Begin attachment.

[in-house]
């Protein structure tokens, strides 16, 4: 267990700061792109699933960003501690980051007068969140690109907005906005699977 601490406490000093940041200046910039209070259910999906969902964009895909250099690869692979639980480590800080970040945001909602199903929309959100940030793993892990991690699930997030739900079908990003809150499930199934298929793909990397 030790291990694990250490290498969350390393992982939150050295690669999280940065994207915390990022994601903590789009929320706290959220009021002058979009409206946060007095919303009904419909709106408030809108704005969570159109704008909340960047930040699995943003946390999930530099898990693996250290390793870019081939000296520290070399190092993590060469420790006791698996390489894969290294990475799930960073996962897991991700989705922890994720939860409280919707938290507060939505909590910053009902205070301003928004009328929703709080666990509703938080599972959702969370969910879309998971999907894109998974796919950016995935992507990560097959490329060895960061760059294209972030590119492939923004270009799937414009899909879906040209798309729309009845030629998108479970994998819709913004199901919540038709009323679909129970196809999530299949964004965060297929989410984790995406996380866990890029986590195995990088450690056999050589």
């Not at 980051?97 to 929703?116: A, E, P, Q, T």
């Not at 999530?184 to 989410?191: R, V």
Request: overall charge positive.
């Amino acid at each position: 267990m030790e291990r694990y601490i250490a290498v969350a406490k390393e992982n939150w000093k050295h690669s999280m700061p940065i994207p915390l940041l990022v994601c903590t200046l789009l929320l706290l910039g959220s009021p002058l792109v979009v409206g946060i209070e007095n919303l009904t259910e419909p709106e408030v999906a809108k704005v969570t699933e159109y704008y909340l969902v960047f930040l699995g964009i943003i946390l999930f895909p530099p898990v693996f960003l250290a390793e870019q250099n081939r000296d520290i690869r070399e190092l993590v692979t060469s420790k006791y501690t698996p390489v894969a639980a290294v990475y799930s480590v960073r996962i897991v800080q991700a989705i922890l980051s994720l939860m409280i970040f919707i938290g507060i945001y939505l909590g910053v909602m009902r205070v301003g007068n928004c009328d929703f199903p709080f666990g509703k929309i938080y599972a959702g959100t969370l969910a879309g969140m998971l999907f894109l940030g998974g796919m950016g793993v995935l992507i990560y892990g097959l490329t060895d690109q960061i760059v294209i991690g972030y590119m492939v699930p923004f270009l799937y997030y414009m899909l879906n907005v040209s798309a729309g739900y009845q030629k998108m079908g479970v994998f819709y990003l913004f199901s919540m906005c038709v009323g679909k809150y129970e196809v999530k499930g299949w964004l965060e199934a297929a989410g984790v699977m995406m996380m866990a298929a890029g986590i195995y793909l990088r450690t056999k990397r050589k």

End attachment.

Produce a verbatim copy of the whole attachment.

[in-house]
């Protein structure tokens, strides 16, 4: 267990700061792109699933960003501690980051007068969140690109907005906005699977 601490406490000093940041200046910039209070259910999906969902964009895909250099690869692979639980480590800080970040945001909602199903929309959100940030793993892990991690699930997030739900079908990003809150499930199934298929793909990397 030790291990694990250490290498969350390393992982939150050295690669999280940065994207915390990022994601903590789009929320706290959220009021002058979009409206946060007095919303009904419909709106408030809108704005969570159109704008909340960047930040699995943003946390999930530099898990693996250290390793870019081939000296520290070399190092993590060469420790006791698996390489894969290294990475799930960073996962897991991700989705922890994720939860409280919707938290507060939505909590910053009902205070301003928004009328929703709080666990509703938080599972959702969370969910879309998971999907894109998974796919950016995935992507990560097959490329060895960061760059294209972030590119492939923004270009799937414009899909879906040209798309729309009845030629998108479970994998819709913004199901919540038709009323679909129970196809999530299949964004965060297929989410984790995406996380866990890029986590195995990088450690056999050589």
């Not at 980051?97 to 929703?116: A, E, P, Q, T």
């Not at 999530?184 to 989410?191: R, V």
Request: overall charge positive.
């Amino acid at each position: 267990m030790e291990r694990y601490i250490a290498v969350a406490k390393e992982n939150w000093k050295h690669s999280m700061p940065i994207p915390l940041l990022v994601c903590t200046l789009l929320l706290l910039g959220s009021p002058l792109v979009v409206g946060i209070e007095n919303l009904t259910e419909p709106e408030v999906a809108k704005v969570t699933e159109y704008y909340l969902v960047f930040l699995g964009i943003i946390l999930f895909p530099p898990v693996f960003l250290a390793e870019q250099n081939r000296d520290i690869r070399e190092l993590v692979t060469s420790k006791y501690t698996p390489v894969a639980a290294v990475y799930s480590v960073r996962i897991v800080q991700a989705i922890l980051s994720l939860m409280i970040f919707i938290g507060i945001y939505l909590g910053v909602m009902r205070v301003g007068n928004c009328d929703f199903p709080f666990g509703k929309i938080y599972a959702g959100t969370l969910a879309g969140m998971l999907f894109l940030g998974g796919m950016g793993v995935l992507i990560y892990g097959l490329t060895d690109q960061i760059v294209i991690g972030y590119m492939v699930p923004f270009l799937y997030y414009m899909l879906n907005v040209s798309a729309g739900y009845q030629k998108m079908g479970v994998f819709y990003l913004f199901s919540m906005c038709v009323g679909k809150y129970e196809v999530k499930g299949w964004l965060e199934a297929a989410g984790v699977m995406m996380m866990a298929a890029g986590i195995y793909l990088r450690t056999k990397r050589k």